The HEVC bitstream froze on Jan. 25, 2013. Six years later, HEVC plays in 16.57% of all browsers tracked by Can I use (Figure 1). In contrast, H.264 plays in 96.96% of all browsers, while VP9 plays in 86.39%. If you had to choose one datapoint to show the harmful result of a disastrous royalty policy, this would be it.

Figure 1. Browser support for HEVC as of May 28, 2019

Mobile support for hardware-accelerated HEVC decode, as measured on Aug. 23, 2018, by ScientiaMobile, was 78% for iOS devices and 57% for Android (Figure 2) and has obviously increased from that point. However, while Apple has made HEVC playback available in the iOS Safari browser, simplifying access for all streaming producers, no Android browser appears to support HEVC playback (Figure 1), meaning HEVC playback on Android will mostly be via apps. This is fine for the top tier of OGC and premium content sites that typically deploy via apps, but complicates HEVC usage for sites that deliver via the browser.

Figure 2. Hardware- accelerated HEVC playback support by mobile platform

In terms of HEVC usage, in Bitmovin’s “Video Developer Report 2018,” 42% of the 456 respondents said that they deployed video using the HEVC codec, but this doesn’t indicate the percentage of video actually deployed in that format. In its “2019 Global Media Formats Report,” which details the results of its 2018 production, Encoding.com says that 12% of all video produced in 2018 was HEVC, but presents some optimistic predictions: “Last year, the majority of HEVC usage we reported was in testing and development; however, in 2018 we can report that HEVC has been promoted to many production workflows and we anticipate a very substantial increase in volume in 2019 driven by UHD HDR content as both premium HDR standards Dolby Vision and HDR+ map to the HEVC video format.”

As previously mentioned, Encoding.com also reports that HEVC comprised only 3% of the video it encoded for HLS delivery in 2018. All of this fits with the narrative above: Producers are deploying HEVC to deliver upgraded formats to new devices, but not to harvest the bandwidth savings or reduce OpEx.

ENCODING AND TRANSCODING

On the encoding front, HEVC benefited from the introduction of Intel’s Scalable Video Technology (SVT)-HEVC codec, which dramatically accelerates software-based encoding for systems running Intel Xeon Scalable processors and Intel Xeon D processors. I’ll talk more about Intel’s SVT technology in the AV1 section of this article.

The last year has also seen an increase in the availability of hardware-based HEVC transcoding, enabling higher-density cloud transcoding of live streams. At the 2019 NAB Show, we saw an FPGA-based solution from NGCodec, as well as SoC-based solutions from NETINT and SoftIron.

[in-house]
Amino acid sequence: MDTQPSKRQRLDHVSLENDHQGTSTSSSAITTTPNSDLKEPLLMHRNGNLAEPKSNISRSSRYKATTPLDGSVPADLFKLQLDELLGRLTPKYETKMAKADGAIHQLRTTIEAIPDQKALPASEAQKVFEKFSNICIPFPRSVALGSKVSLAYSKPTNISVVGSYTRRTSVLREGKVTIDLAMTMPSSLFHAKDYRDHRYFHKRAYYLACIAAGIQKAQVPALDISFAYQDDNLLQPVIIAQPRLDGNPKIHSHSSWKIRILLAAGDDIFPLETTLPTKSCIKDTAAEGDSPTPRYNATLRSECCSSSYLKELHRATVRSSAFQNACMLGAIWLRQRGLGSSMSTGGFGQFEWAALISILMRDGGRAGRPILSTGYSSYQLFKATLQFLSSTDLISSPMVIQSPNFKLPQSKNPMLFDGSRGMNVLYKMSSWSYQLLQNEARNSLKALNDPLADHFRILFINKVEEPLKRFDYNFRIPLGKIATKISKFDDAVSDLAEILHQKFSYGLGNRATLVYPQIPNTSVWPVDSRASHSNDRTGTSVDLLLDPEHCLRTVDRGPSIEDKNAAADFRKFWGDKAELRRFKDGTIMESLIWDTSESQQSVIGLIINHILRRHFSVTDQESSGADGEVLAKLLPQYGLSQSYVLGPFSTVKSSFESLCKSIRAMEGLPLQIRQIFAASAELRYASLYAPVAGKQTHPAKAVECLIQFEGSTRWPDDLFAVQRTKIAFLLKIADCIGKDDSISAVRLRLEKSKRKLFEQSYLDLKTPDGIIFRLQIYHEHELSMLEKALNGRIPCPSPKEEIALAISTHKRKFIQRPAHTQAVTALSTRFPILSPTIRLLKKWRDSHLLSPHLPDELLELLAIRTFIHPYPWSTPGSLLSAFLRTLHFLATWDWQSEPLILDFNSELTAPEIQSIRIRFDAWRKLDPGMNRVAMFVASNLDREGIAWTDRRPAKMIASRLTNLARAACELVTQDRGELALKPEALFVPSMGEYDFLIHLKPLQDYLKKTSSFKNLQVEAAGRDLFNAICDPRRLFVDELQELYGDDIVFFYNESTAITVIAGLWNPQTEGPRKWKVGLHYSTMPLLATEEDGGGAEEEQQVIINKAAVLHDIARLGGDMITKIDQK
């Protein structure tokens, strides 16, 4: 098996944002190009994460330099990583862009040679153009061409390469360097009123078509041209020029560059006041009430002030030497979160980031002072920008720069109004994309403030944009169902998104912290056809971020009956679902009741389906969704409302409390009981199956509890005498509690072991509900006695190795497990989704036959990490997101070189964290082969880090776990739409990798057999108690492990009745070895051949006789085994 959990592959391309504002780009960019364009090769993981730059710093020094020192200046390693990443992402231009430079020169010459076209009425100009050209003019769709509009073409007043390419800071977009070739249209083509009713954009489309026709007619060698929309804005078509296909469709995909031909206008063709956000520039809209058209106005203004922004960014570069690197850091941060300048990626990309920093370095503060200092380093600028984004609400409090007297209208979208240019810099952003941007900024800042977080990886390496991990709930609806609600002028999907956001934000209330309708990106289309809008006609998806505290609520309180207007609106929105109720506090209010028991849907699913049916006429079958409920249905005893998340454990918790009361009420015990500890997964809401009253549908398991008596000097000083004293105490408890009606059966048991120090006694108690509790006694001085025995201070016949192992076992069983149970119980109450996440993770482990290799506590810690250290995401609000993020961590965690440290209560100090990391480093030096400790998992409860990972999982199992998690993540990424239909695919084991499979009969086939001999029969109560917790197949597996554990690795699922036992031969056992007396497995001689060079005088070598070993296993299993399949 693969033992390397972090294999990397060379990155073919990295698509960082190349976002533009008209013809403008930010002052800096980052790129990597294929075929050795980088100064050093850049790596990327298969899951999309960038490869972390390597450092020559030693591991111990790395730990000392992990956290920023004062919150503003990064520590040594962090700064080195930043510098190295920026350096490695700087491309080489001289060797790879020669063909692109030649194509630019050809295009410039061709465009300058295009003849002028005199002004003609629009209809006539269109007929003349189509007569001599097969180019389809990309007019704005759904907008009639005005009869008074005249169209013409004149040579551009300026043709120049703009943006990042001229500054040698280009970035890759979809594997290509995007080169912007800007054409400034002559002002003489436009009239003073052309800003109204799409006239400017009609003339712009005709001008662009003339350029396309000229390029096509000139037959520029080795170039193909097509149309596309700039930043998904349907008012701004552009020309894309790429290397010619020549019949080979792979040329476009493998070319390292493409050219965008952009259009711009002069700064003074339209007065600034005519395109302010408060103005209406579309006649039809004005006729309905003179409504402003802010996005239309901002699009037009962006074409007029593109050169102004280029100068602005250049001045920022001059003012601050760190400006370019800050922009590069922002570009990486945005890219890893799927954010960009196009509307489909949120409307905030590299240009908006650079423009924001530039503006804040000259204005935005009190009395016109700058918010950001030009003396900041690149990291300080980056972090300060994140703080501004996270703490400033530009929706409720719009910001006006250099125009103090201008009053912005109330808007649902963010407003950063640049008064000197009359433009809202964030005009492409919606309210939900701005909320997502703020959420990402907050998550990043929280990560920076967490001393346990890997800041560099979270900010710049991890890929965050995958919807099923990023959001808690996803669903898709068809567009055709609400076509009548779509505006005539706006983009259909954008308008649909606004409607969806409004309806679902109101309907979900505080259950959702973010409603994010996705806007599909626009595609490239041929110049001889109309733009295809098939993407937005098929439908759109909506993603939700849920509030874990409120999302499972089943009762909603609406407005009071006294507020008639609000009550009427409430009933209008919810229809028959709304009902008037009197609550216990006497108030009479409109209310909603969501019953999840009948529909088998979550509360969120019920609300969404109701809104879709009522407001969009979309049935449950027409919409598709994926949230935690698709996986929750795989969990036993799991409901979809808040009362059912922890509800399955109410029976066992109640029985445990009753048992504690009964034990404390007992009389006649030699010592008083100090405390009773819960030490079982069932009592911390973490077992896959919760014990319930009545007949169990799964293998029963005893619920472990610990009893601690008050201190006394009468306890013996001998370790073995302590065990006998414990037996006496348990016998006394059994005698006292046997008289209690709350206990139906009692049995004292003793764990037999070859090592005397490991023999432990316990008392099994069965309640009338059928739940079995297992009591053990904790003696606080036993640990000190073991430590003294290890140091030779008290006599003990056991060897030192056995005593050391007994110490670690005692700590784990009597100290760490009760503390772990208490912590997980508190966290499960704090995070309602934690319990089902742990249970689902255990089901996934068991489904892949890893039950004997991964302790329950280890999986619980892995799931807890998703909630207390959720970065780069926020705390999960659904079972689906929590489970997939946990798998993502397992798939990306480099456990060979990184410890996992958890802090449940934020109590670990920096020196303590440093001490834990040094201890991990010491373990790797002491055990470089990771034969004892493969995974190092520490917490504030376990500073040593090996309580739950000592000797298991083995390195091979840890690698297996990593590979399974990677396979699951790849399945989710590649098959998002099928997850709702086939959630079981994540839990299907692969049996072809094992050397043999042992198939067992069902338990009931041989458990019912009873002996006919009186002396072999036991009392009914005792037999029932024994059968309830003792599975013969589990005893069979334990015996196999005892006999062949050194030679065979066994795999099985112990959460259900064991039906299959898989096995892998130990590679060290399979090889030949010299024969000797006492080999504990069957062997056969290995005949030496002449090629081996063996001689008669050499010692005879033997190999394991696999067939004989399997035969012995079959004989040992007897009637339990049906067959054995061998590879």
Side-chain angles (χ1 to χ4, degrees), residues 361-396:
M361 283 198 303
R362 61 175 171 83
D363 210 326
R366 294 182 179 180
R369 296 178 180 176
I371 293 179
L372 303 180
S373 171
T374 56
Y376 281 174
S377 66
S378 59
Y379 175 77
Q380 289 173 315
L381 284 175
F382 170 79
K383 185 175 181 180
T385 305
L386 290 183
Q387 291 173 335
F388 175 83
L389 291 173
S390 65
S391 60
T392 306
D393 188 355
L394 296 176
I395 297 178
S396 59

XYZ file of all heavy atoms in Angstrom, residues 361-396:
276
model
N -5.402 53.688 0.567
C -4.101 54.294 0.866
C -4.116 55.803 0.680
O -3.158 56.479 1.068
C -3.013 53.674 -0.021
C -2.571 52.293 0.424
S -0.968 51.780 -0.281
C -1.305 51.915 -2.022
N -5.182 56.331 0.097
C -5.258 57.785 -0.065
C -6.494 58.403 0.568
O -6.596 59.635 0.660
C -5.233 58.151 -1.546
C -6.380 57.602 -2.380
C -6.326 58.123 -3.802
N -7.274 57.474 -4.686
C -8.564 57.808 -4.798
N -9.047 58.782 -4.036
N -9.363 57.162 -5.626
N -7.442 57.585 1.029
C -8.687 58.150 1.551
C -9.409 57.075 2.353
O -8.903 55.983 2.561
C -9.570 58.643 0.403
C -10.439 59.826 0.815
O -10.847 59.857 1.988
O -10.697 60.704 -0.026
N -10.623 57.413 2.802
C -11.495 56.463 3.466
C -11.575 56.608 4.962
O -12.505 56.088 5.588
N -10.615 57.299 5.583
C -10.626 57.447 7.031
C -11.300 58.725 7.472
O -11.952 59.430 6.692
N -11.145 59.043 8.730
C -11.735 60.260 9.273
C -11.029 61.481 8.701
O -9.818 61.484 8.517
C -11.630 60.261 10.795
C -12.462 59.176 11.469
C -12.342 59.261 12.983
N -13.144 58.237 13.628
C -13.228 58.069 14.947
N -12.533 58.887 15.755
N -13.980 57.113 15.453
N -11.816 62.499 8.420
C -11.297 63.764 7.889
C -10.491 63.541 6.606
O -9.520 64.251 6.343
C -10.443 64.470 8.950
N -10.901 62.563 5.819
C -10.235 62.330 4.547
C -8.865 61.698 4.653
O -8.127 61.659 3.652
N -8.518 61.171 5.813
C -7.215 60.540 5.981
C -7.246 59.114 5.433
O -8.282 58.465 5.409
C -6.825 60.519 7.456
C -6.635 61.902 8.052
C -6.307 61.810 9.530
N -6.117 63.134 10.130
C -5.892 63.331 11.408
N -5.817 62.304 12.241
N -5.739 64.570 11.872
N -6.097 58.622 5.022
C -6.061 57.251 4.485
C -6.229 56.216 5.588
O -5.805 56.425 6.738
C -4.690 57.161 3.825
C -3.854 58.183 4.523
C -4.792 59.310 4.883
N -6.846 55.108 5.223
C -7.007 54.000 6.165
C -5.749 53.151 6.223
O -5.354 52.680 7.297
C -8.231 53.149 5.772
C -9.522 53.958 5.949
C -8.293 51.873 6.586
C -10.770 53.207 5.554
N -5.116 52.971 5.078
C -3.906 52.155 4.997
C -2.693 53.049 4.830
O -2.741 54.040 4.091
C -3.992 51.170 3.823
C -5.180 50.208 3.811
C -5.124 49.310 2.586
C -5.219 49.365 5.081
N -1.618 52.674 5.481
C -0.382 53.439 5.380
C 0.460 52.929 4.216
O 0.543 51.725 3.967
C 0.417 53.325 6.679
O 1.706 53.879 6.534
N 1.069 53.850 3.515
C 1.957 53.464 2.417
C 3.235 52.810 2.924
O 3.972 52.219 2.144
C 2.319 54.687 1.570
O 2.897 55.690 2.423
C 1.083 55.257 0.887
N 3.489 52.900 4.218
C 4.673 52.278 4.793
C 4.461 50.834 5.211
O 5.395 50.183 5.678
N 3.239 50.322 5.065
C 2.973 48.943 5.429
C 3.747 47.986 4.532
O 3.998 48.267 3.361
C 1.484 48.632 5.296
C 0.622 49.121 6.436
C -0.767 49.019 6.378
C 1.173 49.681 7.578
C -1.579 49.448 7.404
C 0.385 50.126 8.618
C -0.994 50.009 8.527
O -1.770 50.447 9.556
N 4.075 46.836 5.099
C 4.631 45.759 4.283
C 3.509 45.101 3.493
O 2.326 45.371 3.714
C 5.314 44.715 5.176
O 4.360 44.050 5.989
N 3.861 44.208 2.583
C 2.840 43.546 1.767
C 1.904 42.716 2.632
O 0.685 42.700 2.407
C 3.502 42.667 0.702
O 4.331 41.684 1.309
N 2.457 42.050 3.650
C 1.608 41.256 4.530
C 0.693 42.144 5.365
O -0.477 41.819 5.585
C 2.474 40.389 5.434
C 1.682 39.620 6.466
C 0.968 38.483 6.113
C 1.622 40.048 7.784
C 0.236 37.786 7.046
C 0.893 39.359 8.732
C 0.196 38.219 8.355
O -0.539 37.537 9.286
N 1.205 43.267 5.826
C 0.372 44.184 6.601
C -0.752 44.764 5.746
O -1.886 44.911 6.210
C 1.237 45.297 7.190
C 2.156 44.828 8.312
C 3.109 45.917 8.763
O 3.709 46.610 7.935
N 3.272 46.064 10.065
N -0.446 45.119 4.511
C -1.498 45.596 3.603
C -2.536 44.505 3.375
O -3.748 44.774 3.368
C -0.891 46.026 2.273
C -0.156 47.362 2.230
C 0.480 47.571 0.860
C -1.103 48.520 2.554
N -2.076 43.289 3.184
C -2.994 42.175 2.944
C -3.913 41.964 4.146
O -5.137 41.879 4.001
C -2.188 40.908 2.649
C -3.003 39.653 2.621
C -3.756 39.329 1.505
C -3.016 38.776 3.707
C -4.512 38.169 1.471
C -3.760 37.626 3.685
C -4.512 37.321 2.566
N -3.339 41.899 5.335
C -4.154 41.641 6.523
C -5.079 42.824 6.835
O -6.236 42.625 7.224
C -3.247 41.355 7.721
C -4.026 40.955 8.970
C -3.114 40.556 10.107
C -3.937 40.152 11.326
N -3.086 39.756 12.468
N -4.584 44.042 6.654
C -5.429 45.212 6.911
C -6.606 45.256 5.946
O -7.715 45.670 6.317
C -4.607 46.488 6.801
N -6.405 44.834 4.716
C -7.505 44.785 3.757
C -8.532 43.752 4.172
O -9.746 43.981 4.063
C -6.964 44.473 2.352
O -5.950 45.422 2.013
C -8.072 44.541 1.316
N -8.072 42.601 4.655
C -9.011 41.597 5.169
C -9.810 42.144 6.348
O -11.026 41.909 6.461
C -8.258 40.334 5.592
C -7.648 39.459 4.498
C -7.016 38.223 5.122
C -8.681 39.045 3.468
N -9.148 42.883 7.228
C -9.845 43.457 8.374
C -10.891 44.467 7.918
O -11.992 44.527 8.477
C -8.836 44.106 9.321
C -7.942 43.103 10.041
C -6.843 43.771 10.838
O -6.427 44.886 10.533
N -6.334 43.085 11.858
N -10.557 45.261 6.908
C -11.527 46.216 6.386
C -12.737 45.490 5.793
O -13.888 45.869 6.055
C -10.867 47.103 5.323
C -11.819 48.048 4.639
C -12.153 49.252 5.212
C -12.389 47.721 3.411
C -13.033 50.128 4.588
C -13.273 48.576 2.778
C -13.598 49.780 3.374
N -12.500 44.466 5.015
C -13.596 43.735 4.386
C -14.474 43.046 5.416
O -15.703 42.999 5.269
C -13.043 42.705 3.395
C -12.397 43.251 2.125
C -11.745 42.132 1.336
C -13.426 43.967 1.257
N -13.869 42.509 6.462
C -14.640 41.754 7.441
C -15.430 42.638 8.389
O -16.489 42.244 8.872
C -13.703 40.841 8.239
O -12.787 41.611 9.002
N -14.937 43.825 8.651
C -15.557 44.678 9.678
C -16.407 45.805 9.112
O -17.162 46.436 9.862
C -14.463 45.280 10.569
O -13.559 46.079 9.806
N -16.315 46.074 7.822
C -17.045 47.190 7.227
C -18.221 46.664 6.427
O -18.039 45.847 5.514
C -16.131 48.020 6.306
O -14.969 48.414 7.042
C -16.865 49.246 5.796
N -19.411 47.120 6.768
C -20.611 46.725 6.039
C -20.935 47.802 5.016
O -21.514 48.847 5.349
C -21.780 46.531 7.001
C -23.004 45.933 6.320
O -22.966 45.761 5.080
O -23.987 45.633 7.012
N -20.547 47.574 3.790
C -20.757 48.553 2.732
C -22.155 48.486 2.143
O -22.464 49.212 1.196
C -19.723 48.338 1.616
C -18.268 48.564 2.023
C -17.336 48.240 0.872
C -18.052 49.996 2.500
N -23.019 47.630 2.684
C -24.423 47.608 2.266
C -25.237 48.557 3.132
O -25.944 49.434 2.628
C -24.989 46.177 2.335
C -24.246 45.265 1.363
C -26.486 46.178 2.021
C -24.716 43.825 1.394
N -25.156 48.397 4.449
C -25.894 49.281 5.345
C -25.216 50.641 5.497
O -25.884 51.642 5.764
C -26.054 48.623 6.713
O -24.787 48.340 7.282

INTELLECTUAL PROPERTY

The past 12 months saw little change in HEVC royalty policies from the three HEVC patent pools or independent intellectual property (IP) owners. Probably the biggest holdup relates to content royalties, which two of the pools (MPEG LA and HEVC Advance) have indicated they won’t charge—MPEG LA for any content, and HEVC Advance for delivery via non-physical media like streaming.

At the time of this writing, 6 years, 4 months, and 4 days after the HEVC bitstream was frozen, Velos Media’s website still states, “As it relates to content, we will take our time to fully understand the dynamics of the ecosystem and ensure that our model best supports the advancement and adoption of HEVC technology.” One might suggest that the company hire an MBA or two to figure this out. Or, to paraphrase Bob Dylan, you probably don’t need an MBA to know which way the wind blows. As I reported in my blog post titled “HEVC IP Owners Are Killing the Golden Goose Over Royalties,” all you had to do was attend a few sessions at Streaming Media East to hear multiple publishers swear off HEVC due to uncertainty relating to content royalties.

That said, perhaps Velos Media has been too busy to clarify its status on content royalties, as patent watchdog organization Unified Patents has filed challenges on more than 30% of Velos Media’s known patents. One challenge, relating to about 5.5% of Velos Media’s known patents, has already passed the initial hurdle. Specifically, on May 16, 2019, the U.S. Patent and Trademark Office’s Patent Trial and Appeal Board found that Unified Patents “has shown a reasonable likelihood that it will prevail with respect to unpatentability” and ordered a trial.

As it relates to HEVC IP policies and royalties, the phrase “situation normal, all fouled up (SNAFU)” comes to mind. That’s the way it was back in 2015 when the second pool (HEVC Advance) launched—and the Alliance for Open Media (AOMedia) formed—and that’s the way it is today.

AV1

AV1, of course, is the open source codec from AOMedia. It launched in 2018, and the last 12 months have seen improvements in encoding time and decoding efficiency. Not seen are dramatic signs of encoding efficiency. Of course, the big news was the launch of a pool claiming royalties on AV1 deployment, so let’s start there.